Ordinarily, this would be the first question one asks. If there would be no violation even without referring to the fair use defense, why bother with the four-factor weighing? Rhetorically, I think it was necessary to at least indicate that fair use is at best arguableif only because so many ill-informed commentators12 have immediately jumped to that defense because it's easier to sell the public on that rhetoric.
In any event, let's take a closer look at the three violations I outlined previously.
That leaves us with one clear violation and two potential violations with varying degrees (and causes) of mud. Mud they may be; but they cover the ground. Thus, we do need to consider the fair use doctrine; but can (and should) only do so in the context of the actual violations.
Most of my discussion of the merits thus far has assumed that the complaint asserted what it should havethree distinct, clear theories of copyright infringement, each sufficiently fact-bound to avoid a motion to dismiss (and probably summary judgment). Of course, that's not what will emerge from this fiasco; instead, we'll ultimately get an opinion founded on the complaint.16 So, then, what does the complaint actually allege?
39. Google has made and reproduced for its own commercial use a copy of some of the literary works contained in the University of Michigan Library, which contains the Works that are the subject of this action, and intends to copy most of the literary works in the collection of that library.
40. Google's conduct is in violation of the copyrights held by the Named Plaintiffs and other members of the Class.
41. Google's infringement of the copyrights of the works was willful.
Author's Guild, Inc. v. Google, Inc., No. 05cv8136 (S.D.N.Y.), complaint (Dkt. 1, Sep. 20, 2005).17
Admittedly, this isn't as bad as it could be. The real problems are twofold. First, it implies that only the copying itself (what I have labelled violation 1) is potentially at issue, although that conclusion is inconsistent with the factual allegations preceding it, particularly paragraphs 29, 31, and 33, each of which asserts that Google intends to display the copied works (violation 3). That this is only an implication, though, is not binding on anyone; under controlling law, the complaint is to be read broadly to include all theories and causes of action for which the defendant is fairly upon notice. Since the complaint alleges facts that would (or at least might) allow relief for violation 3, violation 3 has been pleadbut only by implication, and inelegantly at that.18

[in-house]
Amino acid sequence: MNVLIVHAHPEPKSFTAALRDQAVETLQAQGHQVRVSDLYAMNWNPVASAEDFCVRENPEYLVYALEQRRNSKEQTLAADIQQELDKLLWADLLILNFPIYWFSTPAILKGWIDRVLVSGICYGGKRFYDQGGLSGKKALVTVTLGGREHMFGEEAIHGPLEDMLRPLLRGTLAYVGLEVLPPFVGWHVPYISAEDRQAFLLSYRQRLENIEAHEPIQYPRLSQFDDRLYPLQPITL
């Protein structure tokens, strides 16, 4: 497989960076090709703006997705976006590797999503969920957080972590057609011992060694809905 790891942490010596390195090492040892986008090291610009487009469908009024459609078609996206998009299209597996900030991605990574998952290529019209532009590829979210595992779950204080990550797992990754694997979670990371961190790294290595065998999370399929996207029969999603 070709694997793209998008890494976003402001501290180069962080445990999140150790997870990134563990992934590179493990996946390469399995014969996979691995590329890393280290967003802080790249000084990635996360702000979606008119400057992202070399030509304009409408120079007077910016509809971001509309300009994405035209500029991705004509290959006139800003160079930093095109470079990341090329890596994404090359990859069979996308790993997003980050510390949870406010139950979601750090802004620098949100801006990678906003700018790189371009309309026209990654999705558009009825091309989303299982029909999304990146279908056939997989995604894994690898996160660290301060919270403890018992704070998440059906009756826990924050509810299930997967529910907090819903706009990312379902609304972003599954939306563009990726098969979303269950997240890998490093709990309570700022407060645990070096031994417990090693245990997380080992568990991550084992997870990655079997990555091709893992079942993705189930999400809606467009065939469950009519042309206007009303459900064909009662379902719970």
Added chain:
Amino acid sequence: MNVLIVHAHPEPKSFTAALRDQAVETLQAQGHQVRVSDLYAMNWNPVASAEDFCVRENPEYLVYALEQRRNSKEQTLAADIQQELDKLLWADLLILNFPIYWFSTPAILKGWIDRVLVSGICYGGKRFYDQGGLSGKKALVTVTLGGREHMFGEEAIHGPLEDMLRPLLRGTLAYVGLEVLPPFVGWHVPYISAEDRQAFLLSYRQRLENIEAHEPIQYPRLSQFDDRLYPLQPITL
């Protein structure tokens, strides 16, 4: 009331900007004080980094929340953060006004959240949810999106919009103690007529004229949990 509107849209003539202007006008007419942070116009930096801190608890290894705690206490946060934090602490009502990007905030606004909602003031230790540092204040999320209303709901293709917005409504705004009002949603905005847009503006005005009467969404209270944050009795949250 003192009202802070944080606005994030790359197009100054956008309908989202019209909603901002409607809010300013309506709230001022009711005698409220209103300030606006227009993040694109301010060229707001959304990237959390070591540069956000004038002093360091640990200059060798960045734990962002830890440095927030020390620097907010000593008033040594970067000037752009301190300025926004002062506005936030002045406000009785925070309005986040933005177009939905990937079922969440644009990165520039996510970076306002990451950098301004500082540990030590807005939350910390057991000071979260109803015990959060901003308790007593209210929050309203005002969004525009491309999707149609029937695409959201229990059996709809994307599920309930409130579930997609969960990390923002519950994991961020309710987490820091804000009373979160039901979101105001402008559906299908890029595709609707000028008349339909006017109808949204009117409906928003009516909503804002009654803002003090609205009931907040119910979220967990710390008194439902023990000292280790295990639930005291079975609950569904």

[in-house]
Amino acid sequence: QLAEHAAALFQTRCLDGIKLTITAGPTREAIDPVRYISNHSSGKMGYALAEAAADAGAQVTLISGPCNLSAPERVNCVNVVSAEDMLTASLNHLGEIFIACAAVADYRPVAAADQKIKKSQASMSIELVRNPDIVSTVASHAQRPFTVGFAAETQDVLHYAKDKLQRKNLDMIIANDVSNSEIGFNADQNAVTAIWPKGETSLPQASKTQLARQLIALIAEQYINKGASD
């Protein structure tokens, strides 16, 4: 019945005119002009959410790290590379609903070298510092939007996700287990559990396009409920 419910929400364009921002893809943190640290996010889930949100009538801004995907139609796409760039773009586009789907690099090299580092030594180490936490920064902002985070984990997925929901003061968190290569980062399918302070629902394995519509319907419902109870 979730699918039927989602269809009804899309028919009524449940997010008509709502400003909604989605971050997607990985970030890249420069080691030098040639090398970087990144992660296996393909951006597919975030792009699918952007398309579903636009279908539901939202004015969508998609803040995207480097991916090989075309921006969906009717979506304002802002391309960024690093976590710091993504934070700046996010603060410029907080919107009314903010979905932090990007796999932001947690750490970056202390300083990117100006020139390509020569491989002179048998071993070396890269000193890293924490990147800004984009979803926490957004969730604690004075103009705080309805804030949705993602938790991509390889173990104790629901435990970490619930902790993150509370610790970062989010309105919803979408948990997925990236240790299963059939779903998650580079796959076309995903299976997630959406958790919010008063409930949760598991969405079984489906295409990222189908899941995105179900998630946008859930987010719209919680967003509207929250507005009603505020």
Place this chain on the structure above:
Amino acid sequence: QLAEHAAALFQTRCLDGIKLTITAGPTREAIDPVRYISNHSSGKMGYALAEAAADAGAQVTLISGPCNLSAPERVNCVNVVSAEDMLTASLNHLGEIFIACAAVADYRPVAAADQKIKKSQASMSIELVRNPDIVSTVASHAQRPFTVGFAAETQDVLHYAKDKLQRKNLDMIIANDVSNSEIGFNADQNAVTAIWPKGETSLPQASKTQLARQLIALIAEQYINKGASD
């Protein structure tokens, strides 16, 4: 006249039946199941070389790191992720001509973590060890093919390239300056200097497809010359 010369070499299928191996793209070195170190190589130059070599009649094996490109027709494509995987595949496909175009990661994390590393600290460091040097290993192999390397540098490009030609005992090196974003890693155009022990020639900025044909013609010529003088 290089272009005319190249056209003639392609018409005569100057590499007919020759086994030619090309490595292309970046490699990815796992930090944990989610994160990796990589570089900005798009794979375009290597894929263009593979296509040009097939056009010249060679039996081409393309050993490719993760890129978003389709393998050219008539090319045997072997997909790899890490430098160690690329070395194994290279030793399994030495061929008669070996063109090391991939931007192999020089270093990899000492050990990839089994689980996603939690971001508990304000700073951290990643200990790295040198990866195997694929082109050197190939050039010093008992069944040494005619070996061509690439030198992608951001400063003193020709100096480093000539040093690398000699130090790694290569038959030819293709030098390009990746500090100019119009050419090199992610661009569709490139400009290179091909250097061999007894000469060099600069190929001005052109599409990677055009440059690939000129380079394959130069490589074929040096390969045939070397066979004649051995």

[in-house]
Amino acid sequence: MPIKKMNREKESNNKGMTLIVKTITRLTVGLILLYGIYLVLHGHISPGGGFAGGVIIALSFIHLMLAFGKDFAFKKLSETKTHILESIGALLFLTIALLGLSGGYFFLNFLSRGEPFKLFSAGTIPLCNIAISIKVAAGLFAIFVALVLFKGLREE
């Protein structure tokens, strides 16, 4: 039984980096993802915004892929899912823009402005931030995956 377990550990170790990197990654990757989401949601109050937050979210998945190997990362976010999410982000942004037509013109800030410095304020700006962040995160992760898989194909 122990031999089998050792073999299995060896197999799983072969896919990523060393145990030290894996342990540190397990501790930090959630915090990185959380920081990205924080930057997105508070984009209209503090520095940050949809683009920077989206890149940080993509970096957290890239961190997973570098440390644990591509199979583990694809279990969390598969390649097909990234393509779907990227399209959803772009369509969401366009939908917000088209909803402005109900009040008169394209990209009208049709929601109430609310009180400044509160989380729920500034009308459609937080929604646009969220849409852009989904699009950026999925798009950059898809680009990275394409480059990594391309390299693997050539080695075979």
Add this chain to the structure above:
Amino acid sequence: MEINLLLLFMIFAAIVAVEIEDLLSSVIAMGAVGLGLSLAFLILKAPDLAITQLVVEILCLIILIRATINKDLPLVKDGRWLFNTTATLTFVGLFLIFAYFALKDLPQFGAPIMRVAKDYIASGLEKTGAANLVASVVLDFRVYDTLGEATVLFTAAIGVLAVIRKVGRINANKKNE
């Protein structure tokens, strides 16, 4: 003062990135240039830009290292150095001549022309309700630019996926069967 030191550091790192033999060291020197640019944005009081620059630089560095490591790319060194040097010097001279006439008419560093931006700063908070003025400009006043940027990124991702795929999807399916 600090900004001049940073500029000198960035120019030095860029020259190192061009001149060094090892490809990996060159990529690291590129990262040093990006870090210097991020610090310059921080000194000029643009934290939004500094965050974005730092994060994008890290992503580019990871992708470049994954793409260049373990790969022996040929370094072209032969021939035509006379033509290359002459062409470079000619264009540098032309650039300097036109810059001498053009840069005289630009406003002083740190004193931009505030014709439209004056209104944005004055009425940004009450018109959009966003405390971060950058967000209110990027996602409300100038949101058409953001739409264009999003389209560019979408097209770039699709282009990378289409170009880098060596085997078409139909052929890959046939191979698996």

More damagingly, though, the complaint includes five unnecessary words that sharply limit the scope of any potential relief: "for its own commercial use". Remember, "commercial use" is just one possible conclusion concerning one of the four fair use factors. As a hypothetical, would it be a violation if the University of Michigan did exactly the same thing as Google is doing/is proposing to do? If so, what if the contract between Google and the University of Michigan et al. characterizes Google as a subcontractor, doing something that the universities therefore could do on their own? Would that transform Google's behavior into a commercial, as opposed to scholarly, use? Licenses, after all, can have transitive properties: Absent a specific prohibition, one can ordinarily sublicense an action one is authorized to do through a license from a third party. And, of course, this gets vastly more complex in light of the special privileges accorded libraries under 17 U.S.C. § 108.
So, through some poor drafting, the complaint leaves itself open to serious problems both in substance and in rhetoric. A case of this nature must be won in the court of law and in the court of public opinion; winning in only one of those courts isn't enough. The language of the complaint sabotages the legal prong and subtly undermines the public prong.
McGraw-Hill, on behalf of a number of publishers, has filed its own parallel action against Google regarding GooglePrint. Although it isn't exactly the complaint I would have written, it is vastly better than is the AG complaint.